CALIFORNIA | LOCAL
June 23, 2001
A memorial service for California Supreme Court Justice Stanley Mosk will be at 2 p.m. Tuesday at the Wilshire Boulevard Temple, 3663 Wilshire Blvd., Los Angeles. Mosk, the longest-serving judge in the state high court's history, died at his home in San Francisco on Tuesday. He was 88.
October 2, 1997
John G. Fleming, 77, international author and educator on personal injury law. Fleming, best known for his durable textbook "The Law of Torts," taught on three continents, ending his career with more than three decades at UC Berkeley's Boalt Hall School of Law. Born in Berlin, he was educated in England and during World War II served in the British Royal Tank Corps in North Africa and Italy. He began teaching law at Kings College, University of London.
October 1, 1992 |
Two conservative Orange County congressmen on Wednesday urged federal officials to move forward with reviews of university admissions practices across the nation to uncover and end policies that rely on racial "quotas." At a Capitol Hill press conference, Reps. Dana Rohrabacher (R-Huntington Beach) and Robert K. Dornan (R-Garden Grove) applauded Monday's finding by the U.S.
CALIFORNIA | LOCAL
April 14, 2002 |
Gov. Gray Davis has appointed three attorneys to Los Angeles County Superior Court. Vincent H. Okamoto, 58, of Torrance is a founding partner of the Okamoto, Wasserman & Torii law firm and a decorated Vietnam veteran. Charles Q. Clay III, 38, of Long Beach is a deputy Los Angeles County district attorney who specializes in prosecuting sex crimes and domestic violence cases.
April 13, 1991 |
Richard Francis Cavanaugh Hayden, a retired Los Angeles County Superior Court judge who co-created the "Bench Book" of procedure used by all California criminal court judges, has died. He was 73. Hayden, who retired in 1981 after 20 years on the bench, died April 3 at Cedars-Sinai Medical Center of cancer. As a judge, Hayden was known for his innovative sentencing, such as ordering two pickpockets to wear heavy mittens as a condition of probation.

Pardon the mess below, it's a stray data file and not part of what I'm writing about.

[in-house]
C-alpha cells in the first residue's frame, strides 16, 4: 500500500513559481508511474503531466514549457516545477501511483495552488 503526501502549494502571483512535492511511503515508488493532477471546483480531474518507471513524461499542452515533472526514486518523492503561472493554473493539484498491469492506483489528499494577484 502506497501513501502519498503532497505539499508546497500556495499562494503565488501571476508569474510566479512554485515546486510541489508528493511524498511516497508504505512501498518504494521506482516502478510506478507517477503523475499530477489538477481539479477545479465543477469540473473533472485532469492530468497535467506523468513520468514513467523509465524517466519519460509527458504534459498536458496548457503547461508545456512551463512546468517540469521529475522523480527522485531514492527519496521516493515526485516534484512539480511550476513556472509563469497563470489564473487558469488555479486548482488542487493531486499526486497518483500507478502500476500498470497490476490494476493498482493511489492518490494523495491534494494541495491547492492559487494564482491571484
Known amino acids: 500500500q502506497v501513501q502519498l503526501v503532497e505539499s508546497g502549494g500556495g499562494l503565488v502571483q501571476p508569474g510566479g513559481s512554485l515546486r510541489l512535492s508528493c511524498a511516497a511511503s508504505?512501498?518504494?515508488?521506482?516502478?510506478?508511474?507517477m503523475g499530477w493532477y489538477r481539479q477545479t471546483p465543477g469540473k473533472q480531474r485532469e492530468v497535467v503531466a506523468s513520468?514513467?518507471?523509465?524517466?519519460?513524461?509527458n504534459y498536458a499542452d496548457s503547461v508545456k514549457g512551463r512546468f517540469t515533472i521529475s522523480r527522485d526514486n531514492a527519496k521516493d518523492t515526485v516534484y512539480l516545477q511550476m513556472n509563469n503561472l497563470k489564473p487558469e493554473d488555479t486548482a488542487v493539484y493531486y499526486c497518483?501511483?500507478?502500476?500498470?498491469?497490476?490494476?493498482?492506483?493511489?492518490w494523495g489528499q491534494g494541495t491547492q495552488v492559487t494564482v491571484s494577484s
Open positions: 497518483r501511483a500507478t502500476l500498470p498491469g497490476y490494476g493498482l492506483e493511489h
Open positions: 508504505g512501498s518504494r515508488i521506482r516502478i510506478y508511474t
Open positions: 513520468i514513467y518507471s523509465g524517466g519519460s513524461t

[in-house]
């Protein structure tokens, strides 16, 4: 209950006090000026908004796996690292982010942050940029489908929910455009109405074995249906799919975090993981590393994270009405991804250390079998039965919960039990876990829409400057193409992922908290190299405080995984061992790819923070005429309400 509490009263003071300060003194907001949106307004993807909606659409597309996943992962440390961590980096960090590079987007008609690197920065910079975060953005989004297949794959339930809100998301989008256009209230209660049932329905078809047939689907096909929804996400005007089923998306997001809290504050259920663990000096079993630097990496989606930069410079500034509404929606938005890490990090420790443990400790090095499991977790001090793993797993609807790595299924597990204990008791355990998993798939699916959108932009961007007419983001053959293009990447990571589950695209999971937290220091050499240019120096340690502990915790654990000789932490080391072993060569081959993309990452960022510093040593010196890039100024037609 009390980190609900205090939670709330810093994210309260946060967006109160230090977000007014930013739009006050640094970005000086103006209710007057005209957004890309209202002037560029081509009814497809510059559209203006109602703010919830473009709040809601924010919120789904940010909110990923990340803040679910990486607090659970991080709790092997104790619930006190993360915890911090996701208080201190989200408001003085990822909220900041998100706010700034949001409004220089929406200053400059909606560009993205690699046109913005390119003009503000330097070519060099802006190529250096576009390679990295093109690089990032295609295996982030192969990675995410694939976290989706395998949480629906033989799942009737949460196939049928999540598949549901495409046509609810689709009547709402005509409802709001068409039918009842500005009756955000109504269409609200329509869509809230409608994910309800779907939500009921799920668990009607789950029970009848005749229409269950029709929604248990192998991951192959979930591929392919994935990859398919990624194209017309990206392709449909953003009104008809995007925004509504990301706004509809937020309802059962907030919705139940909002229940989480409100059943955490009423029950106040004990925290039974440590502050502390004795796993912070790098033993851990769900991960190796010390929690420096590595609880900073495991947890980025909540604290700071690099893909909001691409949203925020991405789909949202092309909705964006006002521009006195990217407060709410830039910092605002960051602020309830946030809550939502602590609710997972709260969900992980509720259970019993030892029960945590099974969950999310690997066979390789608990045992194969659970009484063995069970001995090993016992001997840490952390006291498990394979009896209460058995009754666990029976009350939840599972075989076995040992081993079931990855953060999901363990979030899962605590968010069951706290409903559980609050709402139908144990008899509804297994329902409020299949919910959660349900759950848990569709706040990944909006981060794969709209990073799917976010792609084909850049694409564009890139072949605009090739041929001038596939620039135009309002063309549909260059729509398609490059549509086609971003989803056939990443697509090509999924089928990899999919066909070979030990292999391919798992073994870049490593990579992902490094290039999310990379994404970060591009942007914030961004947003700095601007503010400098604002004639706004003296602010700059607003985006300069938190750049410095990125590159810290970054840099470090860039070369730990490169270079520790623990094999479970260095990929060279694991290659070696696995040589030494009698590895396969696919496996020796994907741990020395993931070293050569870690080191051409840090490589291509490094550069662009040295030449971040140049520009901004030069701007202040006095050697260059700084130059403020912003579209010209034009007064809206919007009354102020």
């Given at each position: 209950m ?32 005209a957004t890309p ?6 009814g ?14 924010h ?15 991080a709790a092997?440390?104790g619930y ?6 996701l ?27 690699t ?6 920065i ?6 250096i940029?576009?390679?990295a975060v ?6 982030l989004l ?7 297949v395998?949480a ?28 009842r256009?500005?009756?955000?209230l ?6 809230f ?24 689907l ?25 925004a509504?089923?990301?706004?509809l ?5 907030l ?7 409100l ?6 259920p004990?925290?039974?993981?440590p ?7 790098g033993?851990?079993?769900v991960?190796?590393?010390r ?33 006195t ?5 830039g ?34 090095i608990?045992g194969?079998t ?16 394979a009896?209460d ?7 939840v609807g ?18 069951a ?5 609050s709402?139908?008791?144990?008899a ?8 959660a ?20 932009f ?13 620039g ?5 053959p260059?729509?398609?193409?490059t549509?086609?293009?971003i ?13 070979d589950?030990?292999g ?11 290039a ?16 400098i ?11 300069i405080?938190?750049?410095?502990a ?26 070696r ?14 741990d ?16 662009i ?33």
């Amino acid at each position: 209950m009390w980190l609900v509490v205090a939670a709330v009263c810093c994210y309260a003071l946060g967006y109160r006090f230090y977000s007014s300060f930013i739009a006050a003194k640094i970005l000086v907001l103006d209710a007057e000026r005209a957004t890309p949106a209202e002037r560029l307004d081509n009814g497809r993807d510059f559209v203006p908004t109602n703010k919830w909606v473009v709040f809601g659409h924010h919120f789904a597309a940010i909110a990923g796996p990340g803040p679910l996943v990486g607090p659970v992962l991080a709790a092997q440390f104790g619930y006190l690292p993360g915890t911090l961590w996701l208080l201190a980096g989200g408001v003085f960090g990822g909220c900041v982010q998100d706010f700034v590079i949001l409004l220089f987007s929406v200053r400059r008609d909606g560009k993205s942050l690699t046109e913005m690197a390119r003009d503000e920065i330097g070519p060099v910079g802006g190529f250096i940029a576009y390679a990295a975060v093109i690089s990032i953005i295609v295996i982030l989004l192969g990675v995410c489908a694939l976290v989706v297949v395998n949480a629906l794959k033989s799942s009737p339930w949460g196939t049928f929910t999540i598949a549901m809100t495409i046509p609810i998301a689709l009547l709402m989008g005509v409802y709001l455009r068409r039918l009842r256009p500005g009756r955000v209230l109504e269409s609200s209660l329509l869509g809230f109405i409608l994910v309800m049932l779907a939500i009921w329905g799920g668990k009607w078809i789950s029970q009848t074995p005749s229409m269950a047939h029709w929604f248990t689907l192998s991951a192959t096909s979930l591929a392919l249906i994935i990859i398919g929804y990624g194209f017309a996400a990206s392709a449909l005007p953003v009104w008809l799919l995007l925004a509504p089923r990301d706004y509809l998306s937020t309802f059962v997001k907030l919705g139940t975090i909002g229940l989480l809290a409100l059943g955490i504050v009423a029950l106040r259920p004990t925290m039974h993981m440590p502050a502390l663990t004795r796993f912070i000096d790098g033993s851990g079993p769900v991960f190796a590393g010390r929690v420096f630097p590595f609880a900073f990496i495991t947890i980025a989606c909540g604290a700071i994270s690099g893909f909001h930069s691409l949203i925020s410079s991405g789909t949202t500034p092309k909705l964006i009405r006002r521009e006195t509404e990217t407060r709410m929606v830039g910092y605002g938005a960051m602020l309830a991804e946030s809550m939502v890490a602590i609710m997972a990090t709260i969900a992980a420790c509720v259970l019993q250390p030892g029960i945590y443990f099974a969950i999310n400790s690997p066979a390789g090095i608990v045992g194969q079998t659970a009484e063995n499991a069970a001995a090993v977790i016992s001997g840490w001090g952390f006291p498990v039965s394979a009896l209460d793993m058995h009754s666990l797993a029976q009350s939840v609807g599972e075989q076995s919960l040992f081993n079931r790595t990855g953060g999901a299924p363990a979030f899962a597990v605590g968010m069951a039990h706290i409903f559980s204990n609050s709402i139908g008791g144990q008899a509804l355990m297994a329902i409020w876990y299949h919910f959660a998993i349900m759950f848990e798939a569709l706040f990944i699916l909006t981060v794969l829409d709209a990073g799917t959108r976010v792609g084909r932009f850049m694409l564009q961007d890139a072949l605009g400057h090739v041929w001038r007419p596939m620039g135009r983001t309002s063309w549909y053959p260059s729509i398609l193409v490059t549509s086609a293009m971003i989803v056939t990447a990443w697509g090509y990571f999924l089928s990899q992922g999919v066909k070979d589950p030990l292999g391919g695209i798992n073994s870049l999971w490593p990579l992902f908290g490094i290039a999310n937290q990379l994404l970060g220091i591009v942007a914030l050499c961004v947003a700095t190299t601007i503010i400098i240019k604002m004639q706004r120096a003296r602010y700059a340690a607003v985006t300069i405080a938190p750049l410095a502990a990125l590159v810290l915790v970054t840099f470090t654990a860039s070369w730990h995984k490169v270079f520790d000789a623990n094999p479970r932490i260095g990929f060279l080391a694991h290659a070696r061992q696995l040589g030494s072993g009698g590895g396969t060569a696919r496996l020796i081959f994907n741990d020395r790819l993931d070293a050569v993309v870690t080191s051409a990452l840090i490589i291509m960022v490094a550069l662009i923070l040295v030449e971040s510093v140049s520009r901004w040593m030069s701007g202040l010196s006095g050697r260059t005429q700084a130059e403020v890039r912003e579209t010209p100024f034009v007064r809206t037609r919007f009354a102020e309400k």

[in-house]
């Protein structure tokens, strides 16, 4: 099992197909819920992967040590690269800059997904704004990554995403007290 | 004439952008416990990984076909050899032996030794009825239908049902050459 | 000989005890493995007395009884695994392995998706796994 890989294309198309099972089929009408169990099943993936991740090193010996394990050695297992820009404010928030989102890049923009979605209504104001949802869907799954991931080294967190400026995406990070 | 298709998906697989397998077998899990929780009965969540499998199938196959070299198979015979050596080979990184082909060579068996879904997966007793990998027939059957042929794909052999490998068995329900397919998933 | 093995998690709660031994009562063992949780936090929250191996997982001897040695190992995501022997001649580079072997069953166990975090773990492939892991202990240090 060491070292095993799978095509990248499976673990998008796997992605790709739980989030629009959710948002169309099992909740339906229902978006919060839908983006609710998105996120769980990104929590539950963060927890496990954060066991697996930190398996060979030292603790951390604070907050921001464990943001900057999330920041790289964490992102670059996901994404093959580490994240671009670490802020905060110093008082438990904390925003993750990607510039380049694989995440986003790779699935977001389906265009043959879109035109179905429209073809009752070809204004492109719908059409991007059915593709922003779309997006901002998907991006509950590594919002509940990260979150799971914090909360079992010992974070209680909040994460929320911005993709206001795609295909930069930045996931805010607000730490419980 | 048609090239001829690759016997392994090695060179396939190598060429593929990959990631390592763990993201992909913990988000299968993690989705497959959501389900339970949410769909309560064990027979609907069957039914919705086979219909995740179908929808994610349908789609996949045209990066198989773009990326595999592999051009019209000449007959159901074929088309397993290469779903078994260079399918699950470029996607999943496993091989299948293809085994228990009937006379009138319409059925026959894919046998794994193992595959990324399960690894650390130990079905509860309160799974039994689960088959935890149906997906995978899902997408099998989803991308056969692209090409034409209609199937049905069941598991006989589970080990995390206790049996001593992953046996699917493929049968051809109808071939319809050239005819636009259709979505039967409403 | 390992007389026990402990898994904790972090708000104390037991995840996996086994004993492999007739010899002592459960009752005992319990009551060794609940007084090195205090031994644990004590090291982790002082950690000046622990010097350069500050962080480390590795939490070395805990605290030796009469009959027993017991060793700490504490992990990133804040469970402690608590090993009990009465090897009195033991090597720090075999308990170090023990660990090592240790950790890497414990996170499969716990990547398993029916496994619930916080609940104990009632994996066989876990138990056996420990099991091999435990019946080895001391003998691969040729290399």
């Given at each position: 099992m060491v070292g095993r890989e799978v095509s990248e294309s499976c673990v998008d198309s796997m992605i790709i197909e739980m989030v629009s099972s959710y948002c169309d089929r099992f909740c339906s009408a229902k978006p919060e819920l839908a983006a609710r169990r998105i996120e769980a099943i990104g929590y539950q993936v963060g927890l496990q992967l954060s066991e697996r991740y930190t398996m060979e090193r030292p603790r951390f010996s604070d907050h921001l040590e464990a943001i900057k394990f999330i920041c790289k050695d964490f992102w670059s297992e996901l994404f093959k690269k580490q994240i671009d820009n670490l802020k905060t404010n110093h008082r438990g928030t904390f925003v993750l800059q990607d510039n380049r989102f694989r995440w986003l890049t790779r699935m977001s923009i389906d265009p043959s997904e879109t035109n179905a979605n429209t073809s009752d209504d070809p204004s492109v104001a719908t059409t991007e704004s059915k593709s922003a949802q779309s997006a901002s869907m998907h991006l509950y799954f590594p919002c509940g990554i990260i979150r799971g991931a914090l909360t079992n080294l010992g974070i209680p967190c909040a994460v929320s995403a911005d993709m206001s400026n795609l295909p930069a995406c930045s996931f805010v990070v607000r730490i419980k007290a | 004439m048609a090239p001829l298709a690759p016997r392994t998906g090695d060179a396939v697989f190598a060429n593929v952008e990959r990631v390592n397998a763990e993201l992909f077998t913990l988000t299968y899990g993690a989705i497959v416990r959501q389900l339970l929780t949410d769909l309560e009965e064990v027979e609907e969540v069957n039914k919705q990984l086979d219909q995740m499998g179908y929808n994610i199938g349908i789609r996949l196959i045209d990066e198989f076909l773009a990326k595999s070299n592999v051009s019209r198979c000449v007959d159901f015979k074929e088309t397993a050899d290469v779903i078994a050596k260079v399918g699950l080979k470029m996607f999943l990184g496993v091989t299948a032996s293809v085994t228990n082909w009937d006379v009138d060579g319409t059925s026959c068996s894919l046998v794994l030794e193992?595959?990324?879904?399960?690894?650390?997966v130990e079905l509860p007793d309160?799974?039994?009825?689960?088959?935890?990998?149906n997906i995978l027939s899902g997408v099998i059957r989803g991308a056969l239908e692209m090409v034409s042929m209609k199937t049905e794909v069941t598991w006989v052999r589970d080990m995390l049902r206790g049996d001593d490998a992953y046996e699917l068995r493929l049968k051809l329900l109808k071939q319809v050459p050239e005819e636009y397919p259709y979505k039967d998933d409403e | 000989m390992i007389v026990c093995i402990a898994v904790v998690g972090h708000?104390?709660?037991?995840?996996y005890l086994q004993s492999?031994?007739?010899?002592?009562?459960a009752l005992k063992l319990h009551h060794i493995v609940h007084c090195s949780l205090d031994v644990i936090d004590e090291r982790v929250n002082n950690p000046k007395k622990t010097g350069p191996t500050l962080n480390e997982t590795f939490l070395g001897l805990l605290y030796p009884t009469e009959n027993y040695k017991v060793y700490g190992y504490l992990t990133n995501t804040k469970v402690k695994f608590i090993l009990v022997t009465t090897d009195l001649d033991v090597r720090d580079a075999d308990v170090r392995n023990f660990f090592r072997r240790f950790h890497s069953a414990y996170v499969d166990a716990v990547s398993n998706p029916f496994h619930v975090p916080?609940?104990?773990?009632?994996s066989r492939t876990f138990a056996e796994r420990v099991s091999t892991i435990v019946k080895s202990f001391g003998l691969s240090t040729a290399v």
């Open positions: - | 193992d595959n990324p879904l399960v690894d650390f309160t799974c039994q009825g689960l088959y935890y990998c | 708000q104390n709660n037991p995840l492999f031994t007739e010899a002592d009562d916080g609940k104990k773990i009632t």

March 7, 1990
Former state Assemblyman Gardiner Johnson, a conservative Republican and early supporter of Richard M. Nixon and Barry Goldwater for the presidency, died Saturday in Oakland at 84. An attorney, Johnson served six terms in the Assembly from 1935 to 1947, representing parts of Alameda County. He was Speaker pro tem in 1940.
CALIFORNIA | LOCAL
December 22, 2002 |
Richard Alan Clarke, 72, a former chairman and chief executive of Pacific Gas & Electric Co., died Nov. 14 at his home in San Rafael from complications of Lou Gehrig's disease. Clarke led the company from 1986 through 1995, and continued to serve as a board member of both PG&E Co. and PG&E Corp. until 2001. He established the utility as an internationally recognized leader in the energy industry, particularly in the areas of environmental stewardship and energy conservation.
July 31, 1986
Sho Sato, professor of law at the University of California, Berkeley, and a former chairman of the California Law Revision Commission, died Sunday in Oakland of what a university spokesman said was "a long illness." He was 63. Sato, who worked with Army intelligence in World War II and then graduated from Harvard Law School, was a state deputy attorney general from 1952 to 1955, when he joined the Boalt Hall faculty at Berkeley.
November 21, 1995
Marcus Mattson, 91, former president of the American College of Trial Lawyers. After growing up in Ogden, Utah, Mattson earned his undergraduate degree at UC Berkeley and his law degree from Boalt Hall Law School. He joined the prominent Los Angeles law firm of Lawler, Felix & Hall in 1930 and practiced law for six decades, taking what he jokingly called "early retirement" in 1990 at the age of 86.